Perhaps some credit should go to the Oscar-winning film "Slumdog Millionaire" for the near-capacity crowd on hand for the India Calling! event Sunday night at the Hollywood Bowl. A grand panoply of traditional and modern music, dance, art and cuisine, the evening highlighted India's seemingly limitless aesthetic varieties.
The Ravi Shankar Centre Ensemble's performance presented the classical and folk elements of India's fertile musical legacy using intriguing hybridized forms. Curated by Shankar and conducted by his daughter Anoushka, the orchestra played works that demonstrated the impressive diversity of instrumentation and vocal styles that the more traditionally based Indian forms can accommodate -- there was graceful and fiery interplay between sitars, tablas, violins and guitars, revealing a wide emotional and textural range.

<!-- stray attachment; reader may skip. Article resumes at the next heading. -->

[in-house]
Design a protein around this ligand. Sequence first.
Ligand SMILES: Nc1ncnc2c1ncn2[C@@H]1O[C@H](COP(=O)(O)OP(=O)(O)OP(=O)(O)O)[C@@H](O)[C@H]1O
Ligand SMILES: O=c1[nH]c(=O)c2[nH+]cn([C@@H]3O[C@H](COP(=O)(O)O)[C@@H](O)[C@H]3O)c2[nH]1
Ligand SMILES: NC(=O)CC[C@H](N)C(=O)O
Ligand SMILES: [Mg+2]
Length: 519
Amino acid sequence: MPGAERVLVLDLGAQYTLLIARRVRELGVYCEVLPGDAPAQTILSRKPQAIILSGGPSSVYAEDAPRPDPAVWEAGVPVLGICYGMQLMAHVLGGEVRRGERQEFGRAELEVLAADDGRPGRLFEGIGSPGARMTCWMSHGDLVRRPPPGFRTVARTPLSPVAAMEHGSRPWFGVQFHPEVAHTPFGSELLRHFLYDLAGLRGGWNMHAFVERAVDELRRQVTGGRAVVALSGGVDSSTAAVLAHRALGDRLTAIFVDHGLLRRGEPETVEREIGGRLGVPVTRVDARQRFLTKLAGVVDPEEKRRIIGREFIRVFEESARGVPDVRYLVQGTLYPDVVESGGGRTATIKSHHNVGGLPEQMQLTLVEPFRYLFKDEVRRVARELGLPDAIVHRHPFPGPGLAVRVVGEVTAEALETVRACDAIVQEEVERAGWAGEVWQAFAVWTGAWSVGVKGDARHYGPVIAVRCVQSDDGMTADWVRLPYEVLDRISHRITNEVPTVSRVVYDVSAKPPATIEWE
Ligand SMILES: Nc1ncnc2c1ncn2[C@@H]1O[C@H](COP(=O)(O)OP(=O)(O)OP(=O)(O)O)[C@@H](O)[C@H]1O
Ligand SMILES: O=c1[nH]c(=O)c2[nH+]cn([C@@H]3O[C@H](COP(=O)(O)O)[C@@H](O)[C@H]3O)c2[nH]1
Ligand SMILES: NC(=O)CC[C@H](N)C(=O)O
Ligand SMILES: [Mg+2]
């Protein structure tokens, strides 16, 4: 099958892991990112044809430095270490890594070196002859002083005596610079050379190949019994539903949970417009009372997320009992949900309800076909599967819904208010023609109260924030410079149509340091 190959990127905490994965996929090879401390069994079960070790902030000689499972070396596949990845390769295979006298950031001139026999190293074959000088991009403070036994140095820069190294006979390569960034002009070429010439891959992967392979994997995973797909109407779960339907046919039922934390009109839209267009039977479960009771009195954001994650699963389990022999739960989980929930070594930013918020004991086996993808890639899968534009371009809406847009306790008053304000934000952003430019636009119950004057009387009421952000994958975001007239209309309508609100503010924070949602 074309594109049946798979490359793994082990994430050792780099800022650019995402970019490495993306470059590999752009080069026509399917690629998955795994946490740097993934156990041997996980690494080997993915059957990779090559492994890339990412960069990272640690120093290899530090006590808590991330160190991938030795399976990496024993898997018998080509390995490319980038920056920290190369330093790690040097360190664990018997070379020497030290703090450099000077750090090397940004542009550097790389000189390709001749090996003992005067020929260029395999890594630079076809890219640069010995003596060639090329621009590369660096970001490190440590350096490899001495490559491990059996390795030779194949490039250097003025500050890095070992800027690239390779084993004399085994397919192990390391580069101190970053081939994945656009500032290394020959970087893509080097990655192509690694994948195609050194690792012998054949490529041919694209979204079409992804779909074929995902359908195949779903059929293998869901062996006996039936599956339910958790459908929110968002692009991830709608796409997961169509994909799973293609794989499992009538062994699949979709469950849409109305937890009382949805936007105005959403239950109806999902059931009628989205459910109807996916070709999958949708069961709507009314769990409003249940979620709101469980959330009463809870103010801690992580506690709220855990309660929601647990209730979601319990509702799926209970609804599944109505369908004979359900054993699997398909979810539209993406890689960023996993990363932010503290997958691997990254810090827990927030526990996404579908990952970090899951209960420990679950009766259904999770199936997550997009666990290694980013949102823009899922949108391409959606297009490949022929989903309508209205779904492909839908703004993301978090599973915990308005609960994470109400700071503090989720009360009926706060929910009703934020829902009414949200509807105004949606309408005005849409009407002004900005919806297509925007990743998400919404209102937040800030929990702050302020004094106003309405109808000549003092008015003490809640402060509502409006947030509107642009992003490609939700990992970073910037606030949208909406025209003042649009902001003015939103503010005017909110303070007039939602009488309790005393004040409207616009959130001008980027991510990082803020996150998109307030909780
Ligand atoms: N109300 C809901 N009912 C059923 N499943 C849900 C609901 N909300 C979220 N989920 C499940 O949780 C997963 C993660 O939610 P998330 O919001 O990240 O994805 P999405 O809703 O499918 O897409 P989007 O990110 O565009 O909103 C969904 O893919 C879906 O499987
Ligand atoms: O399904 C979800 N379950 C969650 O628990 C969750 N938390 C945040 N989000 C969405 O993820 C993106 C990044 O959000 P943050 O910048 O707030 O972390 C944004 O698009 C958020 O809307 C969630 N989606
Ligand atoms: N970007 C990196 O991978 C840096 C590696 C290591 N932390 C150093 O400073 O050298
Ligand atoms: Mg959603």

Anoushka Shankar conducted the ensemble with exuberant precision.
The five-member Rhythm of Rajasthan ensemble whipped up a tough, romping set featuring percussion, strings and reed-like instruments. A resplendently clad dancer twirled while executing a series of tricks: standing on cups while balancing a high stack of bowls on her head, or bending over backward to pick up rings with her eyes.
The Anoushka Shankar Project presented the evening's most genuinely progressive music. The program showcased her virtuosic sitar skills in pieces that incorporated such Western elements as cello and piano and slightly overamplified kit drums alongside the standard tabla drums, the shehnai reed instrument and droning tanpura.